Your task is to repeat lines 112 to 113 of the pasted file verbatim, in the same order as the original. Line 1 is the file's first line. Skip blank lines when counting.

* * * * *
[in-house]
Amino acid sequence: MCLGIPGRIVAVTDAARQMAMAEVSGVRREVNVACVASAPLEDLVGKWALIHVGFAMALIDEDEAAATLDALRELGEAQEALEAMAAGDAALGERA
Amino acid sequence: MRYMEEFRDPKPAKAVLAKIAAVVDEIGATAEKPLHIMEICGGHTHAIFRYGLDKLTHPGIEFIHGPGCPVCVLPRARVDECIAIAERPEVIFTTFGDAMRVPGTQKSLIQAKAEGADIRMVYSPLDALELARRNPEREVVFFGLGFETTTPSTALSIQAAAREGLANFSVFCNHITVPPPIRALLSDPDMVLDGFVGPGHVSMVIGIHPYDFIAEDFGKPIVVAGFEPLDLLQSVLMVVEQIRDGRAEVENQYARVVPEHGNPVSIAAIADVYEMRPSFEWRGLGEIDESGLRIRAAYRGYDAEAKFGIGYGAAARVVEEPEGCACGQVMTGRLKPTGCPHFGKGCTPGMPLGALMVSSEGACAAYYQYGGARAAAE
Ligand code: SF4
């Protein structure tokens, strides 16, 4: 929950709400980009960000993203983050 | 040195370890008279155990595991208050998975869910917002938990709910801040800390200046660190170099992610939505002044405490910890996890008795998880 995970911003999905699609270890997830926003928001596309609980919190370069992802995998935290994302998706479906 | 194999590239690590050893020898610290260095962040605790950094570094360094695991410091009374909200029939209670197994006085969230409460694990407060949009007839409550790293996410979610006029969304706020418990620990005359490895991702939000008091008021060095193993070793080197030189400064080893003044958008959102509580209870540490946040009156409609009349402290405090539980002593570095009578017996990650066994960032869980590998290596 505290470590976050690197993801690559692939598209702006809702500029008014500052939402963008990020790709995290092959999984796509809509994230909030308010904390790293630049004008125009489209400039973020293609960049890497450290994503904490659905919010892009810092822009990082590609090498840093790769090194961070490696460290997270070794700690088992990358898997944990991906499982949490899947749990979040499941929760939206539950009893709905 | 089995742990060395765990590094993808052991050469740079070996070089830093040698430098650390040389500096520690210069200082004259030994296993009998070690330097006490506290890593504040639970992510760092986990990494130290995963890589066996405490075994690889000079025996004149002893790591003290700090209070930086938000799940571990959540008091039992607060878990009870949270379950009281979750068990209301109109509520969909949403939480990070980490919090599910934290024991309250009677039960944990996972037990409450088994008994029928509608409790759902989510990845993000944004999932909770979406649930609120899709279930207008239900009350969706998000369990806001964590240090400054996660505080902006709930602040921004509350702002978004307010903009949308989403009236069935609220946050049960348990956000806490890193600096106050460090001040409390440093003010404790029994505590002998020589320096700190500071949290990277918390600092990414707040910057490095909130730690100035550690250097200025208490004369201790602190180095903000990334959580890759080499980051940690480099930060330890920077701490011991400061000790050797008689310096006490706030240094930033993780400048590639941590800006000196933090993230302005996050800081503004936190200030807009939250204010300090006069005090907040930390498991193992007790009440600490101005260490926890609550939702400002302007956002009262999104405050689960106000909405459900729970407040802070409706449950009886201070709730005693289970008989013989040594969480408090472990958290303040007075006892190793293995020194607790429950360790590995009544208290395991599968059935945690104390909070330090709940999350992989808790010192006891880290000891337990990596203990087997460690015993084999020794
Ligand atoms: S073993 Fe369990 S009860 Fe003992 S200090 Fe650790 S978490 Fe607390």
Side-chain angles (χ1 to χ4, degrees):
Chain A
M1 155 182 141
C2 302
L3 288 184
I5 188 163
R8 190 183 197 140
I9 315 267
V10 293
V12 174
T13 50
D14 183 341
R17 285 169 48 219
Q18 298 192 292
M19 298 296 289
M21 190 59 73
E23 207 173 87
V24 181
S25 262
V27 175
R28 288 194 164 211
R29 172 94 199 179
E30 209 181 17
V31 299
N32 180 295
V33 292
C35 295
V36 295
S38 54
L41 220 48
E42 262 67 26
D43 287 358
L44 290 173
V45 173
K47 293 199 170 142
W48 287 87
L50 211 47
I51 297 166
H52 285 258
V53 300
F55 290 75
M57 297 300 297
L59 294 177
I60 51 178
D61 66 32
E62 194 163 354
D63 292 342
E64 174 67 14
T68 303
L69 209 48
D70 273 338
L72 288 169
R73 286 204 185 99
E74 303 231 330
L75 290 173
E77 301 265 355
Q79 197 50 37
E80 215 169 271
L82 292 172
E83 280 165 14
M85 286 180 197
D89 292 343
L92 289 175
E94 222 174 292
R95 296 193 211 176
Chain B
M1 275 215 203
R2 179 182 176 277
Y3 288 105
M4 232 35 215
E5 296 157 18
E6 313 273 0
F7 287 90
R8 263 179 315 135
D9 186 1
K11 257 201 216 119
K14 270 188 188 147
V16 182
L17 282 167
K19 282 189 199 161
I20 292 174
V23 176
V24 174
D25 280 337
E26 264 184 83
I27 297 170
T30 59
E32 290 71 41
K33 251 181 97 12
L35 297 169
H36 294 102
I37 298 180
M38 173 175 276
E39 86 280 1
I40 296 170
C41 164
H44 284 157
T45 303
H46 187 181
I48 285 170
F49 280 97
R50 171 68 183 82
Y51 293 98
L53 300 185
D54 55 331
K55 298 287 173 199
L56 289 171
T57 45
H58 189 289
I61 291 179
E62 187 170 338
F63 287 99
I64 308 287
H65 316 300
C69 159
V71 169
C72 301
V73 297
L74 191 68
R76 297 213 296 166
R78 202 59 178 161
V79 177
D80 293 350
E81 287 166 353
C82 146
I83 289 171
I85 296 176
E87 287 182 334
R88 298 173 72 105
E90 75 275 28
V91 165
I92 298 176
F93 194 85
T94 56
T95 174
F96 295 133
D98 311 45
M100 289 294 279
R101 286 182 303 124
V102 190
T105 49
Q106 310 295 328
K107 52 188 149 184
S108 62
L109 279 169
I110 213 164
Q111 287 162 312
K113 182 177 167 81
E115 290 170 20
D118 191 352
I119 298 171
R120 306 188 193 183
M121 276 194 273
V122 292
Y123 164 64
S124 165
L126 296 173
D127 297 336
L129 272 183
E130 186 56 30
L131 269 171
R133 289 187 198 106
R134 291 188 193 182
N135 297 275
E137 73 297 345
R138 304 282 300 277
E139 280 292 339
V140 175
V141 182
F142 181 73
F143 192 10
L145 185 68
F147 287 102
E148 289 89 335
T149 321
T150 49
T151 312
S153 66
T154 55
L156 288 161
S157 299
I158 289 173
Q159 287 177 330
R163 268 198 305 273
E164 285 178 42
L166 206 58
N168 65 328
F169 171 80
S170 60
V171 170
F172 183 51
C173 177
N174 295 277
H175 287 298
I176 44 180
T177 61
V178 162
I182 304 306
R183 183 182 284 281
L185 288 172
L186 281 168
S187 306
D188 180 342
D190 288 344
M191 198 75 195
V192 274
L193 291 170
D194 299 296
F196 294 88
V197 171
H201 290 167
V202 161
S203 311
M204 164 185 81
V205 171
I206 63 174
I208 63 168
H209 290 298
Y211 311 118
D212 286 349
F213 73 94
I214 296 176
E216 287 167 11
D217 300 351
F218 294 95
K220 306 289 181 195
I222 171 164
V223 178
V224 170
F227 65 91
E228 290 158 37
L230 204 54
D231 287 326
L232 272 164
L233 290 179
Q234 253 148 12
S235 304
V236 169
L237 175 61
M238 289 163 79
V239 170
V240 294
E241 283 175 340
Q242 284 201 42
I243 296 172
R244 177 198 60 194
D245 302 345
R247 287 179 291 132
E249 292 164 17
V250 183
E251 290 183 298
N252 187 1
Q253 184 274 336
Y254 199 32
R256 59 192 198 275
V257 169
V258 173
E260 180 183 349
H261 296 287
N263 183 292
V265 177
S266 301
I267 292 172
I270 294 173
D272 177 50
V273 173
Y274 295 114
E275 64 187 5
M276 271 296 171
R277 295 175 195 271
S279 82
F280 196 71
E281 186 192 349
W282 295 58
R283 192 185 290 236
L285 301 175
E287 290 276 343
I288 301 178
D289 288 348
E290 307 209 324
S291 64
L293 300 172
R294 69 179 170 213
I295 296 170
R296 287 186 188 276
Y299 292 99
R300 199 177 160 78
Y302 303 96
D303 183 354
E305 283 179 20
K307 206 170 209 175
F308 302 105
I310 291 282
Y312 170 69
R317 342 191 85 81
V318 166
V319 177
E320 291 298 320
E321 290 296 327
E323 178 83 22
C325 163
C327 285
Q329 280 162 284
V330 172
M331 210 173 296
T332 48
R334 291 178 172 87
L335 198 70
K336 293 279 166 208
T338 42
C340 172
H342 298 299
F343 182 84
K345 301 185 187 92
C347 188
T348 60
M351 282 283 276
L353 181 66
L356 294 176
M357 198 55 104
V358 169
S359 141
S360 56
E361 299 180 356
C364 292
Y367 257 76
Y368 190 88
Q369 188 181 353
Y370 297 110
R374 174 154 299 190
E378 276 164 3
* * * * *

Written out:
K55 298 287 173 199
L56 289 171